Books : reviews

Genevieve Cogman.
The Invisible Library.
Tor. 2015

rating : 3.5 : worth reading
review : 7 January 2016

Irene is a professional spy for the mysterious Library, which harvests fiction from different realities. And along with her enigmatic assistant Kai, she’s posted to an alternative London. Their mission – to retrieve a dangerous book. But when they arrive, it’s already been stolen. London’s underground factions seem prepared to fight to the very death to find her book.

Adding to the jeopardy, this world is chaos-infested – the laws of nature bent to allow supernatural creatures and unpredictable magic. Irene’s new assistant is also hiding secrets of his own. And soon, she’s up to her eyebrows in a heady mix of danger, clues and secret societies. Yet failure is not an option – the nature of reality itself is at stake.

Irene (not her real name) is a Librarian: she gathers rare fiction for the mysterious Library that straddles alternate universes. She has just returned from a mission when, with no time even to change clothes, she is sent on a new one, with a new assistant, the seemingly sullen teenager Kai. What should be a simple training exercise in stealing a stolen book of fairy tales quickly turns into something much darker, as the Library’s chaotic enemy takes an interest. But Irene has resources of her own, including her native wit, her command of the Language, and a puzzlingly mature Kai.

This is a fun world, with steampunk alligators, a Sherlock Holmes substitute, chaotic Fae, zeppelins, dragons, books, and more. Having to follow the world-building and plot simultaneously leads to a roller-coaster adventure, as each new twist and turn of the plot reveals new facets of the background, mostly without too much Deus ex Machina feeling.

Of course, having a protagonist who loves books is going to appeal to the target audience, but Irene is an interestingly complex character, and a massive hint is dropped near the end about her importance to the ongoing plot. I’m looking forward to the further adventures of Irene and Kai.

Genevieve Cogman.
The Masked City.
Tor. 2015

rating : 3.5 : worth reading
review : 1 May 2017

Irene is working undercover in an alternative Victorian London. For this librarian-spy, it’s business as usual – until her assistant Kai is abducted. Kai’s hidden dragon heritage means he has powerful enemies, and this act of aggression could trigger a war between his people and their greatest rivals. As they each represent the forces of order and chaos themselves, matters could turn unpleasant.

Irene’s mission to save Kai and avert Armageddon will take her to a dark, alternate Venice where it’s always Carnival. Here Irene will be forced to blackmail, fast talk, and fight. Or she’ll face mayhem – at the very least.

Irene is now Librarian in the world of her previous adventures, ably assisted by Dragon Prince Kai. But then Kai is kidnapped by an ambitious Fae, and taken deep into the chaotic worlds where the Dragons can’t rescue him. Irene goes alone, without the blessing of the Library, but with the dubious help of Lord Silver, to effect a rescue, knowing that if she fails, the Dragons will destroy the world from which he was kidnapped.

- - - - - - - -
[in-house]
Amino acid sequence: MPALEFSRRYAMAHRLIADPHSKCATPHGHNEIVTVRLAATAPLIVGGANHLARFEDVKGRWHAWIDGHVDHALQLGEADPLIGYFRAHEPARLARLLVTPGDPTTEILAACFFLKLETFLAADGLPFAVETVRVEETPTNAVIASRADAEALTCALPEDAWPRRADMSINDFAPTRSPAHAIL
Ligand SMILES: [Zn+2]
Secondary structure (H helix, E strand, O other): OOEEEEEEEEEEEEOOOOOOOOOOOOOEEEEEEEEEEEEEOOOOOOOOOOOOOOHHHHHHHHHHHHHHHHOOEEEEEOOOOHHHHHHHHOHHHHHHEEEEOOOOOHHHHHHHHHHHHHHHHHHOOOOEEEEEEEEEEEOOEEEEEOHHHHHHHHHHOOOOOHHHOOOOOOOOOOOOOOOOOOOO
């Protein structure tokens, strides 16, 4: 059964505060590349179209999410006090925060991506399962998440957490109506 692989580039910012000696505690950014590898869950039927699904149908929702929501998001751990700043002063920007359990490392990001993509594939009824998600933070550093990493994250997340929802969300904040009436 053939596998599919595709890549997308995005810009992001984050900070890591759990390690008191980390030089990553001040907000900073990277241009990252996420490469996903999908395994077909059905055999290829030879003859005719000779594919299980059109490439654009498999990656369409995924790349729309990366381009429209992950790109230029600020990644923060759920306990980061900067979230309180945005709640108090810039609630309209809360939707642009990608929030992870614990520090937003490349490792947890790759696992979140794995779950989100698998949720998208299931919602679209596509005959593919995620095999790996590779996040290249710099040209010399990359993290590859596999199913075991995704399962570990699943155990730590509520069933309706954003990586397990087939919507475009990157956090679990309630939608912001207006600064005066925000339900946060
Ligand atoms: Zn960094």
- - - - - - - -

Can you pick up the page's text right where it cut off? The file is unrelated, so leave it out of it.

This time round, the plot is less about finding and stealing rare books, and more about finding and stealing away a captive Dragon. Kai’s role is passive: to wait to be rescued; Irene has to traverse the dangerous world of Fae Venice, disguised as a minor Fae, without knowing even the location of his prison. We get further world-building as we learn more about the Fae and the Dragons, and how they work. Irene’s adventures will win approval of the Dragons if she succeeds, but that of her beloved the Library is another matter…

Genevieve Cogman.
The Burning Page.
Tor. 2016

When it’s your job to save the day – where do you start?

Librarian spy Irene has standards to maintain, especially while on probation. And absconding from a mission via a besieged building doesn’t look good. But when her escape route home goes up in flames, what’s a spy to do? However, it seems Gates back to the Library are malfunctioning across dozens of worlds. Worse still, her nemesis Alberich is responsible – and he plans to annihilate the Library itself.

Irene and assistant Kai are posted to St Petersburg to help combat this threat. Here Alberich emerges as Irene tries to save her friend Vale and foil assassination attempts. Then one incredibly dangerous opportunity to save the Library emerges. Saving herself would be a bonus…

Genevieve Cogman.
The Lost Plot.
Tor. 2017

It’s time for a cunning plan – but first Irene must find one

In an alternative 1920s America, Prohibition is in force, fedoras, flapper dresses and tommy guns are in fashion – and intrigue is afoot. Two dragons are vying for high office, and their last challenge is to hunt down a rare book. Librarian spies Irene and Kai are assigned to investigate, as a young Librarian is trapped at the heart of this conflict. If they can’t extricate him, the Library will face severe political repercussions. It could even trigger war.

So to avert disaster, the librarians will face no-holds-barred gangsters, blackmail and fiendish security systems. But failure could have dire consequenees for Irene’s job – and for her life.